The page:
Episodic Sediment-Discharge Events in Cascade Springs, Southern Black Hills, South Dakota

By Timothy S. Hayes


Water-Resources Investigations report 99-4168


Prepared in cooperation with the
South Dakota Department of Environment and Natural Resources and the West Dakota Water Development District


The report is available in PDF format.


Cascade Springs is a group of artesian springs in the southern Black Hills, South Dakota, with collective flow of about 19.6 cubic feet per second. Beginning on February 28, 1992, a large discharge of red suspended sediment was observed from two of the six known discharge points. Similar events during 1906-07 and 1969 were documented by local residents and newspaper accounts. Mineralogic and grain-size analyses were performed to identify probable subsurface sources of the sediment. Geochemical modeling was performed to evaluate the geochemical evolution of water discharged from Cascade Springs. Interpretations of results provide a perspective on the role of artesian springs in the regional geohydrologic framework.

X-ray diffraction mineralogic analyses of the clay fraction of the suspended sediment were compared to analyses of clay-fraction samples taken from nine geologic units at and stratigraphically below the spring-discharge points. Ongoing development of a subsurface breccia pipe(s) in the upper Minnelusa Formation and/or Opeche Shale was identified as a likely source of the suspended sediment; thus, exposed breccia pipes in lower Hell Canyon were examined. Upper Minnelusa Formation breccia pipes in lower Hell Canyon occur in clusters similar to the discrete discharge points of Cascade Springs. Grain-size analyses showed that breccia masses lack clay fractions and have coarser distributions than the wall rocks, which indicates that the red, fine-grained fractions have been carried out as suspended sediment. These findings support the hypothesis that many breccia pipes were formed as throats of abandoned artesian springs.

Geochemical modeling was used to test whether geochemical evolution of ground water is consistent with this hypothesis. The evolution of water at Cascade Springs could not be suitably simulated using only upgradient water from the Minnelusa aquifer. A suitable model involved dissolution of anhydrite accompanied by dedolomitization in the upper Minnelusa Formation, which is caused by upward leakage of relatively fresh water from the Madison aquifer. The anhydrite dissolution and dedolomitization account for the net removal of minerals that would lead to breccia pipe formation by gravitational collapse. Breccia pipes in the lower Minnelusa Formation are uncommon; however, networks of interconnected breccia layers and breccia dikes are common. These networks, along with vertical fractures and faults, are likely pathways for transmitting upward leakage from the Madison aquifer.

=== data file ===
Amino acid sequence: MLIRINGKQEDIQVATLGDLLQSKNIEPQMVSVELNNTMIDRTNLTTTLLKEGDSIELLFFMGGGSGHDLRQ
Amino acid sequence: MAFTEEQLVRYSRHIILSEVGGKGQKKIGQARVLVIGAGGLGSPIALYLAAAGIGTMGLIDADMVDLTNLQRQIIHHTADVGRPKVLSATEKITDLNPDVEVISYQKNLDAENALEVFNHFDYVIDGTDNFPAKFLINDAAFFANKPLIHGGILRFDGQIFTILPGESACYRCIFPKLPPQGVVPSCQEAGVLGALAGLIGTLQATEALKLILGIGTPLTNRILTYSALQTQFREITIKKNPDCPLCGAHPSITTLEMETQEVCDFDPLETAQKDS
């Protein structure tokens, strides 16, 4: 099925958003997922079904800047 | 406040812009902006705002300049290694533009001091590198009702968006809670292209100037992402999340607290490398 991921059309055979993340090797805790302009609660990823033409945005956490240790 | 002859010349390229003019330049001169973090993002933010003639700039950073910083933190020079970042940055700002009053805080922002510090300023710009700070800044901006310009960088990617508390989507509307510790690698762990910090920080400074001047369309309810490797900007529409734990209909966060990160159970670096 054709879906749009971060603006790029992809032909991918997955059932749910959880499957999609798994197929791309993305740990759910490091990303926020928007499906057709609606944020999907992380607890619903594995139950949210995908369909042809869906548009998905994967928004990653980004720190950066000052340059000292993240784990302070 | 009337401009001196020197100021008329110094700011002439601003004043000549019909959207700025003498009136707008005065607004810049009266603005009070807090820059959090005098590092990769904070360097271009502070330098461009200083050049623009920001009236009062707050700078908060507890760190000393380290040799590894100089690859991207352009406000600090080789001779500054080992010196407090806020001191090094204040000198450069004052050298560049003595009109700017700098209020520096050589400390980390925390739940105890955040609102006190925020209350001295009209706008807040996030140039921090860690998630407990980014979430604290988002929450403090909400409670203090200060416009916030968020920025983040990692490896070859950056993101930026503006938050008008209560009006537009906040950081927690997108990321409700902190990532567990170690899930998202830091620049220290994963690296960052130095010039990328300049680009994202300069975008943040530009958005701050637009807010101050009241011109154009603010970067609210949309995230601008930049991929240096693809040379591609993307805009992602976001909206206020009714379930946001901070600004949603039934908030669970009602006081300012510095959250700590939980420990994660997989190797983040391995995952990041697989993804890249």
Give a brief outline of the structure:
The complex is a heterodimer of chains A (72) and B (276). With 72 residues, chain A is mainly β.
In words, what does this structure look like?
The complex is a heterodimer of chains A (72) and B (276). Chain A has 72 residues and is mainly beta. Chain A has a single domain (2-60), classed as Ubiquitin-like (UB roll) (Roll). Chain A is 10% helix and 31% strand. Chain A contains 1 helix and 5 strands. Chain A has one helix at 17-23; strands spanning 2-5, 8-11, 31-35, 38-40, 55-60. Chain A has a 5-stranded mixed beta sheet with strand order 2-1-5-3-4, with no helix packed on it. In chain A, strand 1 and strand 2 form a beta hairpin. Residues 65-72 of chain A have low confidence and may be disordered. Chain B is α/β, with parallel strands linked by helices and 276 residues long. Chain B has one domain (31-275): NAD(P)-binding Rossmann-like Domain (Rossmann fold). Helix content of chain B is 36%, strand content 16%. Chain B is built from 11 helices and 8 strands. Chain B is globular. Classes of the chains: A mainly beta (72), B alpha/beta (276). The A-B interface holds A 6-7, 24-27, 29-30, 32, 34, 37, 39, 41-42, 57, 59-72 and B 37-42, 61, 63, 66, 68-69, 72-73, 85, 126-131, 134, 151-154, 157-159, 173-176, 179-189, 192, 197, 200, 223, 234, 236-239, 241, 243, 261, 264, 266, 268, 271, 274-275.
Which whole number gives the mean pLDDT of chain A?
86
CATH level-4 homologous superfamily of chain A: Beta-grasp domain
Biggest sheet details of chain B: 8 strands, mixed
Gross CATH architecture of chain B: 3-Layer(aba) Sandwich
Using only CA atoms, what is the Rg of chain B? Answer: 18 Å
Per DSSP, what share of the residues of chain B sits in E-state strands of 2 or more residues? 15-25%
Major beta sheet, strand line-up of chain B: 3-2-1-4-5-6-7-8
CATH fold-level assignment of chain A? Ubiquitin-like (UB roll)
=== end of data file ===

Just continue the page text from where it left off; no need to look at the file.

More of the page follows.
It is concluded that suspended sediment discharged at Cascade Springs probably results from episodic collapse brecciation that is caused by subsurface dissolution of anhydrite beds and cements of the upper Minnelusa Formation, accompanied by replacement of dolomite by calcite. It is further concluded that many breccia pipes probably are the throats of artesian springs that have been abandoned and exposed by erosion. The locations of artesian spring-discharge points probably have been shifting outwards from the center of the Black Hills uplift, essentially keeping pace with regional erosion over geologic time. Thus, artesian springflow probably is a factor in controlling water levels in the Madison and Minnelusa aquifers, with hydraulic head declining over geologic time, in response to development of new discharge points.

Development of breccia pipes as throats of artesian springs would greatly enhance vertical hydraulic conductivity in the immediate vicinity of spring-discharge points. Horizontal hydraulic conductivity in the Minnelusa Formation also may be enhanced by dissolution processes related to upward leakage from the Madison aquifer. Potential processes could include dissolution resulting from leakage in the vicinity of breccia pipes that are abandoned spring throats, active spring discharge, development of subsurface breccias with no visible surface expression or spring discharge, as well as general areal leakage from the Madison aquifer into the Minnelusa Formation.




General Geohydrology and Possible Sediment Sources


Methods of Data Collection and Analyses

Evaluation of Possible Sediment Sources

Mineralogy of Suspended Sediment and Possible Sediment Sources

Examination of Lower Hell Canyon and Breccias

Geologic Examination

Mineralogic Analysis of Minnekahta Limestone Breccia

Grain-Size Analyses of Upper Minnelusa Formation Breccia Pipes and Wall Rocks

Geochemical Evolution of Cascade Springs Water

Previous Modeling Efforts

New Modeling Efforts

Input Data Sets

Chemical Composition of Ground Water

Stoichiometries of Aquifer Minerals

Isotopic Values for Aquifer Minerals and Ground Water

Model Results

Implications for the Role of Artesian Springs in Regional Geohydrology

Summary and Conclusions

References Cited


For additional information write to:


District Chief

U.S. Geological survey

1608 Mt. View Road

Rapid City, SD 57702


Copies of this report can be purchased from:


U.S. Geological Survey

Branch of Information Services

Box 25286

Denver, CO 80225-0286

Download the PDF version of the report for high-resolution, printable pages (1MB).

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